Truck Tonnage Up 4.3% Year-Over-Year on Coronavirus Surge

Trucks on highway
John Sommers II for Transport Topics

[Ensure you have all the info you need in these unprecedented times. Subscribe now.]

Truck tonnage rose 4.3% year-over-year in March on gains in selected business sectors, according to American Trucking Associations.

Still, the impact of COVID-19 on the broader economy is raising questions about what the months ahead will hold for the trucking industry.

The index reached 120.4 (100 represents 2015), and on a month-to-month basis, the index rose 1.2% in March after a 1.8% increase in February.

Many trucking companies have reported brisk business transporting critical medical supplies to hospitals and clinics and keeping grocery stores stocked.

“March was the storm before the calm, especially for carriers hauling consumer staples, which experienced strong freight levels,” ATA Chief Economist Bob Costello said. “But there was a huge divergence among freight types. While freight to grocery stores and big-box retailers was strong in March, especially late March, due to surge buying by households, freight was anemic in other supply chains, like that for gasoline, restaurants and auto factories.”

Costello said the U.S. economy is in a recession, and the gross domestic product could fall 20% to 25% on an annualized basis in the second quarter.

“Because of this, and the continued shuttering of many parts of the economy, I would expect April tonnage to be very soft,” he said.

Trucking serves as a barometer of the U.S. economy, representing 71.4% of tonnage carried by all modes of domestic freight, including manufactured and retail goods.

ATA calculates the tonnage index based on surveys from its membership and has been doing so since the 1970s.

Meanwhile, Beaverton, Ore.-based DAT Solutions, which operates a network of loads boards and analytics services, said spot rates the week of April 13 fell again across all three equipment types — flatbeds, refrigerated units and vans.

The report said, “Spot rates have declined rapidly and across the board on high-volume lanes since the third week of March and now rival levels from 2016 when the country was in a manufacturing recession. The national rolling average rates for April fell again across all three equipment types during the week ending April 19 as truckers contemplate whether their next load will cover their running costs.”

  •  Van: $1.72 per mile, 15 cents lower than the March average.
  •  Flatbed: $2 per mile, down 19 cents compared with March.
  •  Reefer: $1.99 per mile, down 20 cents compared with March.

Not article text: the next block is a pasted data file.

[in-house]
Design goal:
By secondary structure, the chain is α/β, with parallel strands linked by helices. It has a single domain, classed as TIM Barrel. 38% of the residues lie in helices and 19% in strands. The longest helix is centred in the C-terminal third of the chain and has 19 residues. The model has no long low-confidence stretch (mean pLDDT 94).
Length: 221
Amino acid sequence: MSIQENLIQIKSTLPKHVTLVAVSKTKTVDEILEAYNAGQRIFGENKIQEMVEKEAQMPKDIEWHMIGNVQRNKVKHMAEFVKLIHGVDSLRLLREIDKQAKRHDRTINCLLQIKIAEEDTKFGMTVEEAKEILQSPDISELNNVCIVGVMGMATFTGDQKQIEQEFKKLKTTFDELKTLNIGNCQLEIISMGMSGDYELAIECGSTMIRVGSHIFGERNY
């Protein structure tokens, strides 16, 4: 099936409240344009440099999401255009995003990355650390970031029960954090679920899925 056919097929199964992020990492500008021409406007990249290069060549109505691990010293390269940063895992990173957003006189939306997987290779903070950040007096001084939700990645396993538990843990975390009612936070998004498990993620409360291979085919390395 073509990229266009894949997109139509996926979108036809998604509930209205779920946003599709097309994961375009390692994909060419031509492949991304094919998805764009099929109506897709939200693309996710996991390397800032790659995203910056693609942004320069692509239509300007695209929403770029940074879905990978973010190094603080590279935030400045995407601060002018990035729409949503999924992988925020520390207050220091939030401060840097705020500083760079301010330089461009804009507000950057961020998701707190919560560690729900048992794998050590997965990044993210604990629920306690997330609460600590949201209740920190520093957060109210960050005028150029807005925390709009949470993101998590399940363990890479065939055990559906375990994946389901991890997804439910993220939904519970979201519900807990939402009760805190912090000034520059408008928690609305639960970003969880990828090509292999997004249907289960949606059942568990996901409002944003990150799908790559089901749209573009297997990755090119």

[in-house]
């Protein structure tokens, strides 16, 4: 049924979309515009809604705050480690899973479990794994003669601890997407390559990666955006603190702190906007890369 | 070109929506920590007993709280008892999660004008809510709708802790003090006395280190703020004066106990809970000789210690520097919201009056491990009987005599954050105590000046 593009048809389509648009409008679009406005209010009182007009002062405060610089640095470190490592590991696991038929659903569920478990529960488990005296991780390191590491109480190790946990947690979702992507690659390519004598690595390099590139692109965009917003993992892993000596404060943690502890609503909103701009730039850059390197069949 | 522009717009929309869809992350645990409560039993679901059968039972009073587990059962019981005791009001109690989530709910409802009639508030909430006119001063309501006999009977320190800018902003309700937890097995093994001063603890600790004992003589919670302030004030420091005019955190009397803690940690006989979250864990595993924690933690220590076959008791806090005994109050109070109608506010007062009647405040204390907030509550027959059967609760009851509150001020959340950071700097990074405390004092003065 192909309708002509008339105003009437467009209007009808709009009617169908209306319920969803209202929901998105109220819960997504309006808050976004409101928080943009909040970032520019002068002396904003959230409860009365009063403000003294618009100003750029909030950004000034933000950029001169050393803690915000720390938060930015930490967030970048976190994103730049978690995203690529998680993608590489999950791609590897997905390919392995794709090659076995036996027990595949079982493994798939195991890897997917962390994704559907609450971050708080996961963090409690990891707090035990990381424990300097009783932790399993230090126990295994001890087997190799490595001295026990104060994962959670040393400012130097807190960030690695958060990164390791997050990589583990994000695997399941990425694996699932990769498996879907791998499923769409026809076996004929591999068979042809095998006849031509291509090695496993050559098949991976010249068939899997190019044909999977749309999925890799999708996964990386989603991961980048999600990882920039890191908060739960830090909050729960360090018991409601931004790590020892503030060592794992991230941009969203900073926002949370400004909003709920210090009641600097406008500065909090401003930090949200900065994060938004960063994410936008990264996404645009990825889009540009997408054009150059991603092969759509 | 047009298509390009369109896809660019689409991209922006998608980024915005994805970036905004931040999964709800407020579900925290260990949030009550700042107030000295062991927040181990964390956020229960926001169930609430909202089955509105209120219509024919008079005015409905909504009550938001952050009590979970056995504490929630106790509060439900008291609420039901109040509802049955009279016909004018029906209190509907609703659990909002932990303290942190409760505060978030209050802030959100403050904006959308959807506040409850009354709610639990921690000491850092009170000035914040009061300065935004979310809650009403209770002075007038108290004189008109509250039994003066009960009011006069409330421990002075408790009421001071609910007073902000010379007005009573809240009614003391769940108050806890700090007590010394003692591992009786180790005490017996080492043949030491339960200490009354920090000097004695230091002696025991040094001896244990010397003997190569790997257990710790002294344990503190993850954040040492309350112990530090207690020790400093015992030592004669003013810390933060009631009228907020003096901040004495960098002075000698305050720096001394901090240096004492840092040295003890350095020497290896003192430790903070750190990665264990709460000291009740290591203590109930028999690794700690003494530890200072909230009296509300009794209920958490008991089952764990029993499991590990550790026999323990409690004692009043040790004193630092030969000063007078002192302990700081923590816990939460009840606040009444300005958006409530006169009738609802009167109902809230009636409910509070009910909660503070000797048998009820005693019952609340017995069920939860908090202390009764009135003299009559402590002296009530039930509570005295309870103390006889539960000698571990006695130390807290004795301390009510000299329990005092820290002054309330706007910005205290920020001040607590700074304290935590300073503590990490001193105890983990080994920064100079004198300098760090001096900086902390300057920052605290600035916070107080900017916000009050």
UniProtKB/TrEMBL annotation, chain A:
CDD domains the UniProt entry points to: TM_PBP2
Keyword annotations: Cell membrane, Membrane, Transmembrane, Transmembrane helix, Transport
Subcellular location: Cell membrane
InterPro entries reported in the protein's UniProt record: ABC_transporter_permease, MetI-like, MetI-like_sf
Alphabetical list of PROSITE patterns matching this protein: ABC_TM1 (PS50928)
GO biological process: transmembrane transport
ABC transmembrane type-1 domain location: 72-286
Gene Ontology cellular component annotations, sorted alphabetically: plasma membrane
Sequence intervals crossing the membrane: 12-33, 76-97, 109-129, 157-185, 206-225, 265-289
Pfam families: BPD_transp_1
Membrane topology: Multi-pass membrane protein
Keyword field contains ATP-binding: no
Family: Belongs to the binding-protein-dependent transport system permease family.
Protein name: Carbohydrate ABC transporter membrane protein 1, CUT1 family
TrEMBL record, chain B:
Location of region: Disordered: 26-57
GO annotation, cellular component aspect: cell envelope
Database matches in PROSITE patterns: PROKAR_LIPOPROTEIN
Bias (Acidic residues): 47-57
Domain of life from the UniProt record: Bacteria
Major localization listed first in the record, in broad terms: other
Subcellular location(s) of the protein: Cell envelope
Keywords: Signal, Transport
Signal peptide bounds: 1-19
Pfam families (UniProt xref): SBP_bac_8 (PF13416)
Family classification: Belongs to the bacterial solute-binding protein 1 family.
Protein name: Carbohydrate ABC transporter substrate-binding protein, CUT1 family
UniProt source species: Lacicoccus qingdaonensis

“I think flattening out is probably being pretty optimistic,” Ken Adamo, DAT’s chief of analytics, told Transport Topics. “On the driving side, we saw the market give back all of the gains it experienced during the restocking, and they have essentially plummeted through where they were before restocking, and where they were in 2019, and they have their sights back to 2017, it looks like.”



The DAT forecasting models expect spot rates to flatten out in May, and they could be helped by the lifting of some social distancing restrictions and seasonal trends such as produce harvests. But that won’t make up for the business trucking companies lost when schools and universities shut down, and food deliveries stopped to restaurants.

“The supermarket restocking rush was enough to support most of March. But then the fundamentals set in, and a lot of these food goods go to grocery stores, cafeterias for universities, primary schools, and that demand all but evaporated.” Adamo said. “With produce season coming up, the real question is will things open for this fresh produce to be transported towards the tail of April and into May.”

Bloomington, Ind.-based FTR Intel said freight would take a bigger hit in the second quarter with a gradual recovery in the third quarter, but ton-miles will not return to pre-coronavirus levels until 2022.

FTR is revising its 2020 truck loadings from a 4% decline to 9%.

By sectors, reefer trucks fared the best, projected to be down 1% for the year because of the need to ship refrigerated food and critical, temperature-sensitive medical supplies.

Other sectors do not fare as well. Dry van loadings are forecast to decline 7%, tankers, which are impacted by the rapid decline in petroleum shipments, could fall 8%, flatbed loadings are projected to slip by 12%, and bulk/dump loadings are forecast to slump by 17%.

Like the economic projections from ATA’s Costello and DAT, FTR said the late-March rush to restock grocery stores and other critical facilities is over.

“Americans had rapidly depleted grocery stores of a wide range of food and paper products, and carriers were busy with the effort to restock stores and distribution centers,” the April 16 report said. “We knew that this increased demand was temporary and further presumed that conditions would change rapidly, creating a whiplash effect, especially for dry van. Cooling began in late March, and by the week ended April 3, the destruction of freight demand resulting from the economic shutdown clearly overshadowed any remaining restock pressure.”

Want more news? Listen to today's daily briefing: